The (even) uglier side of Vegas ~


Monday was my 30th birthday, and Sunday night I got home from my first trip to Vegas. Wow.  30.  Time to break out the full-coverage panties and elaborate facial creams, and investigating how I can get my insurance to pay for an in-home elevator.
I’d like to share a Vegas story with you:
As I mentioned in my last post, I had a GREAT group of friends who flew out to celebrate with me, and in this group of great people happened to be a selection of gorgeous women.  On the night I’mwriting about, three of these hotties came out with me for a night on the town, and it just so happened that they were all tall, thin, and had their boobies out.  I have lots of variously sized and shaped friends, but by chance it was the tall and skinny brigade who made it out that night.  We spent the trip dressed to the nines, drinking complicated drinks, and batting our eyelashes at anyone who was willing to smile at us.  Or leer.  We weren’t picky.
That’s what happens as you get older—you start grasping at any kind of superficial validation that you are still sexually desirable to the universe at large.  Or maybe that’s justme.  Either way, I try to do my part by telling women they look beautiful, that I like their dress, that I’m jealousthat their hair is so long and shiny. Anything I notice, really, because I want everyone to feel that glow of being admired.  And because I believe that everybody except for Casey Anthony has something about them that is exceptional and beautiful.
I have learned this after spending a decade of my life being a judgmental, superficial bitch about other women.  I repent for my formerly evil ways.  I will spend the next decades of my life trying to be kind to women to make up for my previous wrongdoing, because guess what?  It’s kind of hard to live up to the standards we’re given.  I try, don’tget me wrong, but it’s hard.
Which is why this story is so disgusting.  And why I’m now swimming in puddles of my own shame for doing nothing about it.  And why I’m telling you—so that maybe, if this happens in front of you—you’ll beprepared and thoughtful enough to do the right thing.  The thing I didn’t do, because I was too taken aback and unprepared to respond.
We were approached and offered a free “limo” ride to Club Vanity at the Hard Rock hotel.  Club Vanity was a frequent haunt of the most recent Real World cast, so it sounded like a good time.  Or, at the very least,a debauched time.  The limo ended up being a bus with machine guns painted on the sides, but it was still free, andI’d been drinking high-end Russian vodka and wasn’t in a position to quibble over details.  Also, it felt too late to back out because we were dressed, and I say this with love, like complete tramps.
Part of my third-life crisis involves wearing bandage dresses and hoiking my breasts up underneath my chin and getting European-style bangs.  No judging.
While we were waiting by the door of the club, waiting to be escorted in, there was a heated discussion in undertones between the promoters and the bouncers for the club.  One of my girlfriends asked, “is there a problem?” We thought perhaps they were angry that we had a man in our group (my darling husband, who offered to chaperone and hold purses and otherwise be a saint for the night).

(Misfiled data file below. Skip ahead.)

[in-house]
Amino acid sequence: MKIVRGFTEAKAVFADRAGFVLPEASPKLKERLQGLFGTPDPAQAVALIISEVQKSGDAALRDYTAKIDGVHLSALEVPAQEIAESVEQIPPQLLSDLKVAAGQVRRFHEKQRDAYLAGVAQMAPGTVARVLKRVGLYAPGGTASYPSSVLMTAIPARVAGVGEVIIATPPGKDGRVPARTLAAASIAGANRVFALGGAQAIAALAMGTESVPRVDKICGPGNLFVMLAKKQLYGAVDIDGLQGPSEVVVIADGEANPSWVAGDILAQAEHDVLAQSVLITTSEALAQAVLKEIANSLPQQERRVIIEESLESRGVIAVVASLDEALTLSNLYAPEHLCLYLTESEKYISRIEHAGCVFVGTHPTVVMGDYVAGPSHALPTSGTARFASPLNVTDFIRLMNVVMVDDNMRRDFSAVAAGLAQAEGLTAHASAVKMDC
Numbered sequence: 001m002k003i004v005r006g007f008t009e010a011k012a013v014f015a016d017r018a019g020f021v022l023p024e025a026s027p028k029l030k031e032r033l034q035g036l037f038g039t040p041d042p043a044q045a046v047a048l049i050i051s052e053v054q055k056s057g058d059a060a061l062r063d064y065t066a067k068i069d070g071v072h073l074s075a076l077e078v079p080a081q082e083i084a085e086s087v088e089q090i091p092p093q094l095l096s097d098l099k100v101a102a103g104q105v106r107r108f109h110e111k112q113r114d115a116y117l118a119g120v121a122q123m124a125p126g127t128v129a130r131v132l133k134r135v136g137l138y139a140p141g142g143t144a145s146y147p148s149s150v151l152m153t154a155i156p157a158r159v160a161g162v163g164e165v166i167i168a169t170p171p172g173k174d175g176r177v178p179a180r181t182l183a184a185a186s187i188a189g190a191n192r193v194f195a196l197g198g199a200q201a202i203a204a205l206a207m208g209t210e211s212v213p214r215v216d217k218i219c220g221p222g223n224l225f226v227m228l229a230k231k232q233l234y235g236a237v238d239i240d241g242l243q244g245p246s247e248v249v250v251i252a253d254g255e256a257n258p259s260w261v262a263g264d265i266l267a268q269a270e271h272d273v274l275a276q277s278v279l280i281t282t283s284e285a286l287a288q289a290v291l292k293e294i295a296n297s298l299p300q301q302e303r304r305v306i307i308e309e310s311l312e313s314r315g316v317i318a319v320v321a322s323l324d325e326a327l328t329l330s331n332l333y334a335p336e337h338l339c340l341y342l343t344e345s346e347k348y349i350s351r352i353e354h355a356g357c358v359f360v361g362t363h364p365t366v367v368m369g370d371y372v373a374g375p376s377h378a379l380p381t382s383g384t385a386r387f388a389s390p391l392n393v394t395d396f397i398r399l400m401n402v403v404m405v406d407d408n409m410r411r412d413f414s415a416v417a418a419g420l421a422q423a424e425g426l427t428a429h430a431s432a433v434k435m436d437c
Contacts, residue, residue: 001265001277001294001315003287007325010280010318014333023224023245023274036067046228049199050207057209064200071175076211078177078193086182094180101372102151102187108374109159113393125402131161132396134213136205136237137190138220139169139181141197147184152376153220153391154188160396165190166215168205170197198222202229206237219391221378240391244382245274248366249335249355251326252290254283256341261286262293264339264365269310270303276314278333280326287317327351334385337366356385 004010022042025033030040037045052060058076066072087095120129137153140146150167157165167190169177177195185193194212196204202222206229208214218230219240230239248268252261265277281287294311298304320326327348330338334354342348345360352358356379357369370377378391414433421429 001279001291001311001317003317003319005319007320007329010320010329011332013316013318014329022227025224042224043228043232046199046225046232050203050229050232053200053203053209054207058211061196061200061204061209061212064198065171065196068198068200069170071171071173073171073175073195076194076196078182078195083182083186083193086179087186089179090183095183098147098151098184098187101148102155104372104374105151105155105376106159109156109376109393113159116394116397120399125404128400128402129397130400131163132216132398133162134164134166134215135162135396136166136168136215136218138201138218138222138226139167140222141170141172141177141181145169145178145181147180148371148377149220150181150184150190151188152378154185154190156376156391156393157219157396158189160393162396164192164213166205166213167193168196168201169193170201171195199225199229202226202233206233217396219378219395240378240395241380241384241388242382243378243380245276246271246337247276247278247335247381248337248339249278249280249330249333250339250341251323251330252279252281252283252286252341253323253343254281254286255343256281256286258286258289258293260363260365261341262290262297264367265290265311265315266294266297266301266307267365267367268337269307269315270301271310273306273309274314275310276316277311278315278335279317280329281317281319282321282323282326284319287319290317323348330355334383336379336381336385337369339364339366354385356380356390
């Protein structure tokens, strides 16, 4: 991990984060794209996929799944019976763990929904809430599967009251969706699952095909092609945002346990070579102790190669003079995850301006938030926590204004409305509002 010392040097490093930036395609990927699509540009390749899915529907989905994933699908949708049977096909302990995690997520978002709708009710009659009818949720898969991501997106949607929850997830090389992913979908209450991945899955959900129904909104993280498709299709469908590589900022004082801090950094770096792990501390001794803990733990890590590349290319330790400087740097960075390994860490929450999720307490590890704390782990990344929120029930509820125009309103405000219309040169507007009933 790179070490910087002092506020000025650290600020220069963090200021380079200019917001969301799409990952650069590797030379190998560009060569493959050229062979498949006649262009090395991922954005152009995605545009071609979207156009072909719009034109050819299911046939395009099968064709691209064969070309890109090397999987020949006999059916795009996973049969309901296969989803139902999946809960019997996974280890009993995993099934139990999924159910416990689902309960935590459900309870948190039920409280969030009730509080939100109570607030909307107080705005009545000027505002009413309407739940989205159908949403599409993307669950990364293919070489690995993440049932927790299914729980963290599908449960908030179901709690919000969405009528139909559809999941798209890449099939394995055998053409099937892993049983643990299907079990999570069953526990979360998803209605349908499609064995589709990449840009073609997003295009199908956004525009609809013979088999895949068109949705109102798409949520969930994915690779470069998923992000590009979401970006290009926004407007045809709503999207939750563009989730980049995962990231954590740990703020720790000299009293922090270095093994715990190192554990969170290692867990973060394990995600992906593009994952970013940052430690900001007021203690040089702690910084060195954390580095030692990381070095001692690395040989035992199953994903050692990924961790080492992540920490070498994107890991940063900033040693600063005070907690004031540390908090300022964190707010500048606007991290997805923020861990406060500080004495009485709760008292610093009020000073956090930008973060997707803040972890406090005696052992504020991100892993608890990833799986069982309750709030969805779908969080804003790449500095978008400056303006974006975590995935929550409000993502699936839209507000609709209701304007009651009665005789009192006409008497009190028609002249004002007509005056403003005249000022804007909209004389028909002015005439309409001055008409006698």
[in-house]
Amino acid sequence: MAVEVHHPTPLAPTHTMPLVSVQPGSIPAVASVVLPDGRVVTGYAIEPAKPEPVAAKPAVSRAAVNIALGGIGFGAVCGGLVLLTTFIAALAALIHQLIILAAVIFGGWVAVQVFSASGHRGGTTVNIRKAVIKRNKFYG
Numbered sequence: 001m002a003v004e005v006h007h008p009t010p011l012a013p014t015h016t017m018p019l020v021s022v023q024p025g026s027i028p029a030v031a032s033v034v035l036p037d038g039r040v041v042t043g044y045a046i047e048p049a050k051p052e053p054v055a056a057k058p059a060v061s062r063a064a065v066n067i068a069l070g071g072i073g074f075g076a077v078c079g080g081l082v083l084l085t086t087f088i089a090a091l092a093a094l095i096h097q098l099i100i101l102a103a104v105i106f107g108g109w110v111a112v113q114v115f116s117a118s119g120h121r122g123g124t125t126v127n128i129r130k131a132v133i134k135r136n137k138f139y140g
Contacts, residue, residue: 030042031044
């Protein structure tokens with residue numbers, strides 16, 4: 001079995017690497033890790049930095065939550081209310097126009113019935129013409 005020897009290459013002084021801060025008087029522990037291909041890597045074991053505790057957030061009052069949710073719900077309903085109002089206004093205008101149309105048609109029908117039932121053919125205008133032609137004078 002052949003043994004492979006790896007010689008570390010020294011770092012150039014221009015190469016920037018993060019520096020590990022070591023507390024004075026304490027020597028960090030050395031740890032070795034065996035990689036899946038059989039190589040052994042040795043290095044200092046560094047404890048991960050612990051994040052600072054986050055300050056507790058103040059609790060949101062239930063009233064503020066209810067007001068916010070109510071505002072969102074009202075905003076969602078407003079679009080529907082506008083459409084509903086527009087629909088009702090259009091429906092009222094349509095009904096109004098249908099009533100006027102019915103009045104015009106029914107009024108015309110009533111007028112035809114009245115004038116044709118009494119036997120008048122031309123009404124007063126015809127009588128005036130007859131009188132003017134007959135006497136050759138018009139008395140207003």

The bouncer stared at us, very obviously, from top to bottom and said “Oh no, you guys aren’t the problem. You’re the solution.”  He then gestured to the two women behind us in line. They were larger women, with fabulous dresses and really cute hairstyles, but they happened to be larger than a size 6.
He then leaned over to the promoter and said, “who broughtthe BIG girls?” in a very accusatory tone.
My friends and I stared at one another in horror as the club staff started to physically separate the larger women from the line and explain that they couldn’t come in because they weren’t on the “guest list.”  The guest list that did not, technically,exist.  The 5’4, plenty-large-himself bouncer was taking issue with the fact that two women had gotten dressed up and excited to go dancing, but weren’t the exact right height and weight dimensions to be allowed to have a good time.  But the men in line were allowed to be whatever dimensions they wished without judgment or having to tolerate bullshit.
The two women knew exactly what was happening, and their hurt was palpable and painted all over their faces.  It was heartbreaking.
While we gaped, open-mouthed, we were chivvied into the club, handed free shots and drink tickets, and placed near the stage of women in underpants, gyrating on poles and having unnaturally toned abs. We stayed where we were put.  We didn’t take a stand.  We didn’t leave.  We had a good time, and not once did one of us go tower over the bouncer and tell him to go fuck himself, as we should have done.
So this has to serve as my belated, inadequate middle finger to that jerk who thought it was okay to judge the bodies of women who were just trying to have fun on a Saturday night in a city that prides itself on providing fun Saturday nights to anyone who shows up willing to get rowdy.
This also has to serve as my apology to the two women who had their night ruined.  I’m sosorry.  I’m sorry I didn’t sayanything.  I’m sorry I patronized that establishment after witnessing their show of assholery, and I’m really jealous that your hair was so long and shiny. You deserve better because you are beautiful, and because you’re HUMANBEINGS.
If you visit Vegas, I encourage you to avoid the Hard Rock and especially Club Vanity.  They take their pretentious name very seriously, they only apply their standards to women, and there’s nowhere to sit down and take off the Godawful heels that you have to wear in order to be deemed acceptable by their titchy little bouncer.

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